Mathematics as Story
The Symposium brings together mathematics educators, mathematicians,
artists, literary scholars, anthropologists and computer scientists to
explore the metaphor 'mathematics as story'.
Story - at the heart of the arts - is composed of aesthetic elements.
Roger Schank, working in the field of AI, confirms the age-old suggestion
that human cognition is story-based. That is, we think in terms of stories,
we understand the world in terms of stories, we learn by living and accommodating
new stories, and we define ourselves through the stories we tell ourselves.
Our primary interest is not on story as a narrative to be told to others
(although this could play a role) but rather on story as experienced by
doing, learning and teaching mathematics.
We further Dissanayake's notions of the basis of art by applying them
to the art or "story" of mathematics. Dissanayake explains such focus
in terms of "elaboration", in that something that has been made special
is more likely to attract and engage our attention and the attention of
others. We are also concerned with Boyd's notion of both the individual
and communal forms of attention that focusing on cognitive problems facilitates.
Our goal is to address the nature of mathematical experiences and what
makes for a good mathematics story by bringing together mathematics experts
and experts on art and story processes. We hope to identify the aesthetic
and see where and how it fits within, and enhances, mathematical stories.
We are also interested in how recent online technologies affect the mathematics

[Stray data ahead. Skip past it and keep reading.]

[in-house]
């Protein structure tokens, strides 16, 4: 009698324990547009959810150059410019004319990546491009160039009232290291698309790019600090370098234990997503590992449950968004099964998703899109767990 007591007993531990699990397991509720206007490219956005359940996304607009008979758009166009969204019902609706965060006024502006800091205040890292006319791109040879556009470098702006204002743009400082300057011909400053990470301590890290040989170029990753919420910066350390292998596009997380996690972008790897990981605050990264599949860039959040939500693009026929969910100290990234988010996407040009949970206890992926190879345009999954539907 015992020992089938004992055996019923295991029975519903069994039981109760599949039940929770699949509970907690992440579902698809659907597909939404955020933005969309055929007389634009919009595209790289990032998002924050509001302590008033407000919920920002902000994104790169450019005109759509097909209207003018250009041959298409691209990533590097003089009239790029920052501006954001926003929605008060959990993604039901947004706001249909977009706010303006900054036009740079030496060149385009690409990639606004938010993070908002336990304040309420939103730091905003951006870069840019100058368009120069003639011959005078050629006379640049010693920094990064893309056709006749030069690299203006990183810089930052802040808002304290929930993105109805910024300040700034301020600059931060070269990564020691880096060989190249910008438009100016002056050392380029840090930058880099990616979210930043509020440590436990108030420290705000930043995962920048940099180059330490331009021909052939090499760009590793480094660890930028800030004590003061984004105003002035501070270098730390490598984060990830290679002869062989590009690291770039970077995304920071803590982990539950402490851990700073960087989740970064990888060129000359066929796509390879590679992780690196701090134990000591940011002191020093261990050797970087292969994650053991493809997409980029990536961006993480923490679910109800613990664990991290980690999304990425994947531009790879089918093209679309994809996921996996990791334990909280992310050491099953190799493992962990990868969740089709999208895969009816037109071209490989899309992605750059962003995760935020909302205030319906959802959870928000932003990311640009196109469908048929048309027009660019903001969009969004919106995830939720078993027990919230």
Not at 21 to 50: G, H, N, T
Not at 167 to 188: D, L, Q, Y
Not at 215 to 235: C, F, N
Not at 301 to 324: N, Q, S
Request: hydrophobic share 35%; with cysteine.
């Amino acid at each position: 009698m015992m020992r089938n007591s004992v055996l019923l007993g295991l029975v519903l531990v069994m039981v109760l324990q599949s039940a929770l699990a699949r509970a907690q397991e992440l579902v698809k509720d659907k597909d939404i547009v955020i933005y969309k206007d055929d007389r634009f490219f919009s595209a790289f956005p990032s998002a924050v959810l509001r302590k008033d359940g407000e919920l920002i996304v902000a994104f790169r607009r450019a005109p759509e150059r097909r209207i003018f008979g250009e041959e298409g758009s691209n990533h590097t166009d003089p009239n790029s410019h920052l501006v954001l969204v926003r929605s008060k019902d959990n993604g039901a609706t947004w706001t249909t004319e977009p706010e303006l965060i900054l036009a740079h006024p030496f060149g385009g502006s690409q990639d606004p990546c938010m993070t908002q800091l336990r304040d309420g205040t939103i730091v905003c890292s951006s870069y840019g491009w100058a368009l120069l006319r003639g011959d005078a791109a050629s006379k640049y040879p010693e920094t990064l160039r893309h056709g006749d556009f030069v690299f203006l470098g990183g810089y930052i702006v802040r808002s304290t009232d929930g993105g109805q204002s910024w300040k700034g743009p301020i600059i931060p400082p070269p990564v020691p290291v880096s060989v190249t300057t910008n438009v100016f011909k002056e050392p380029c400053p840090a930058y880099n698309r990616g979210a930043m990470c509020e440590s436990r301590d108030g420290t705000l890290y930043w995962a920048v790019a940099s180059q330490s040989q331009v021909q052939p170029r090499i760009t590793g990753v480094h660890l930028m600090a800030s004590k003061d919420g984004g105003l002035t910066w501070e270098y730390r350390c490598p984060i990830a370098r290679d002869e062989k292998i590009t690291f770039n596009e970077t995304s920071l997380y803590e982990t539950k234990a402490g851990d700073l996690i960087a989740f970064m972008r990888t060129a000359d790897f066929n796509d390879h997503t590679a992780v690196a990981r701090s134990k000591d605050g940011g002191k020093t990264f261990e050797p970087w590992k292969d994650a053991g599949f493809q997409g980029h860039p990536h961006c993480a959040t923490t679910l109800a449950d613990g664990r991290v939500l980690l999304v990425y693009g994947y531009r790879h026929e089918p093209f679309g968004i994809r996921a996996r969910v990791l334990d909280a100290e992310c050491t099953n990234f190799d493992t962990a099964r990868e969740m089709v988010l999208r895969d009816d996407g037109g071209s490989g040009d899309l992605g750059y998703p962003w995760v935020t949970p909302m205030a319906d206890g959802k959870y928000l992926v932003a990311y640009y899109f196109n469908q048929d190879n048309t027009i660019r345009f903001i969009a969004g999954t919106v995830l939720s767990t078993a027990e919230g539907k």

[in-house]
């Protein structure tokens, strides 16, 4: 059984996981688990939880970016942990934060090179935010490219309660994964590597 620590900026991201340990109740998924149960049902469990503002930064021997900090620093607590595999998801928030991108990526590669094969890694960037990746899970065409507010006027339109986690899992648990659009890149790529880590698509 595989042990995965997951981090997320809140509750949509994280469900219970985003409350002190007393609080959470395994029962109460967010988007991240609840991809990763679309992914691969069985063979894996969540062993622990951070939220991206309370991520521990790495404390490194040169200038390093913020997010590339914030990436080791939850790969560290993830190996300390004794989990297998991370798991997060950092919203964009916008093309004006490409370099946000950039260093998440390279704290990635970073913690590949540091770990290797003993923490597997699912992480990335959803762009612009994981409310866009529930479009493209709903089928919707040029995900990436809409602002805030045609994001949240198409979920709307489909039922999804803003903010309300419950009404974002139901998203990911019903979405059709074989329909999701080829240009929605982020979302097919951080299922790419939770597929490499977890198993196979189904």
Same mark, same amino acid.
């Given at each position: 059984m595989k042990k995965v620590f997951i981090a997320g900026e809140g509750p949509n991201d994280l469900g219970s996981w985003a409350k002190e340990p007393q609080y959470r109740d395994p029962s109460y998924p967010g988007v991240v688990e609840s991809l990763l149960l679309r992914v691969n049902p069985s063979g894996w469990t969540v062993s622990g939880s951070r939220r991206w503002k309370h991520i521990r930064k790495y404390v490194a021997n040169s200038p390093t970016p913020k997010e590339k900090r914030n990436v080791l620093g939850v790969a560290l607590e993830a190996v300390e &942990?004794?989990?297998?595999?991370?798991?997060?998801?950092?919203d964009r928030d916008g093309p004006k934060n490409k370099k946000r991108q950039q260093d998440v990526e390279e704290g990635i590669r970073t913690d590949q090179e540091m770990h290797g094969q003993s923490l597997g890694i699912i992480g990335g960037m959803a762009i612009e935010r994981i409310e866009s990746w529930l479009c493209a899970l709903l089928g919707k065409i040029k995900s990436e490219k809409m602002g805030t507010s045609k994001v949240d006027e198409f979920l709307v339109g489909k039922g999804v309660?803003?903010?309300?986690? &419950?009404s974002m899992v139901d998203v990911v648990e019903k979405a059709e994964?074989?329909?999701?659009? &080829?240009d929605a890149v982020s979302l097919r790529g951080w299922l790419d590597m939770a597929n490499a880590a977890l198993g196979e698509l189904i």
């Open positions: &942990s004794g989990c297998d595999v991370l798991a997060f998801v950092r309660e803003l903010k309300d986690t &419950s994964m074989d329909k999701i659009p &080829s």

story. For example, do online interactive applets that allow for the exploration
of mathematics relationships add a new dimension to the mathematics experienced?
What design principles - what story principles - potentially offer a better
The keynote addresses are open to the academic community.
Symposium deliberations are limited to registered/invited participants.
A Monograph will be compiled that will include contributed papers (or
summaries of the papers) and proceedings of the Symposium.
We are extremely fortunate to have Ellen Dissanayake, Rena Upitis and
Brian Boyd as keynote speakers. They will also join us for the Symposium
Friday June 13
- 5:00-7:00 - Registration
- 7:00-7:30 - Introductions
pm - Invited lecture #1, Ellen Dissanayake, Visiting Scholar,
Walter Chapin Simpson Center for the Humanities, University of Washington
- 8:30-9:00 pm - Questions/discussion
- Title: AESTHETICS AND UNCERTAINTY
IN HUMAN EVOLUTION
- Abstract: Living with uncertainty has
been part of the burden humans bear for possessing such large, versatile
brains. Other animals exist, as far as we can tell, in a more or less
continuing present, with little if any active memory of the past or
anticipation of the future. But humans recall and predict, worry and
suppose. Quick wits and lavish imaginations make us aware of life's
uncertainties and possibilities, and we actively seek to forestall